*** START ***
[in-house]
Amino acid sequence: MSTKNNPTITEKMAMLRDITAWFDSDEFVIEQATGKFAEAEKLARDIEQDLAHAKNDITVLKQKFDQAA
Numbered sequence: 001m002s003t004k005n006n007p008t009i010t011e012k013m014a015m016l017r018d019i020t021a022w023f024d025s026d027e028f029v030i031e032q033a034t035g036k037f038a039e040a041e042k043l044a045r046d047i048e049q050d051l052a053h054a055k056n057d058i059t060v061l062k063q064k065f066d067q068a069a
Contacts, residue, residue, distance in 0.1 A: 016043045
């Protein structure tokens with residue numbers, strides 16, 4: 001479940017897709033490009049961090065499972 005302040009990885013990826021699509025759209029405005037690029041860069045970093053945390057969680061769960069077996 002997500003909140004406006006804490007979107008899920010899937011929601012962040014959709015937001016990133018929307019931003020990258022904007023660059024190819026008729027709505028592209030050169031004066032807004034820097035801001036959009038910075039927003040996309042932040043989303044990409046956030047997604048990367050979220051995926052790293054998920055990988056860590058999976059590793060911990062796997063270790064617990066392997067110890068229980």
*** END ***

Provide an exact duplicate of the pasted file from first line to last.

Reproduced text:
[in-house]
Amino acid sequence: MSTKNNPTITEKMAMLRDITAWFDSDEFVIEQATGKFAEAEKLARDIEQDLAHAKNDITVLKQKFDQAA
Numbered sequence: 001m002s003t004k005n006n007p008t009i010t011e012k013m014a015m016l017r018d019i020t021a022w023f024d025s026d027e028f029v030i031e032q033a034t035g036k037f038a039e040a041e042k043l044a045r046d047i048e049q050d051l052a053h054a055k056n057d058i059t060v061l062k063q064k065f066d067q068a069a
Contacts, residue, residue, distance in 0.1 A: 016043045
């Protein structure tokens with residue numbers, strides 16, 4: 001479940017897709033490009049961090065499972 005302040009990885013990826021699509025759209029405005037690029041860069045970093053945390057969680061769960069077996 002997500003909140004406006006804490007979107008899920010899937011929601012962040014959709015937001016990133018929307019931003020990258022904007023660059024190819026008729027709505028592209030050169031004066032807004034820097035801001036959009038910075039927003040996309042932040043989303044990409046956030047997604048990367050979220051995926052790293054998920055990988056860590058999976059590793060911990062796997063270790064617990066392997067110890068229980």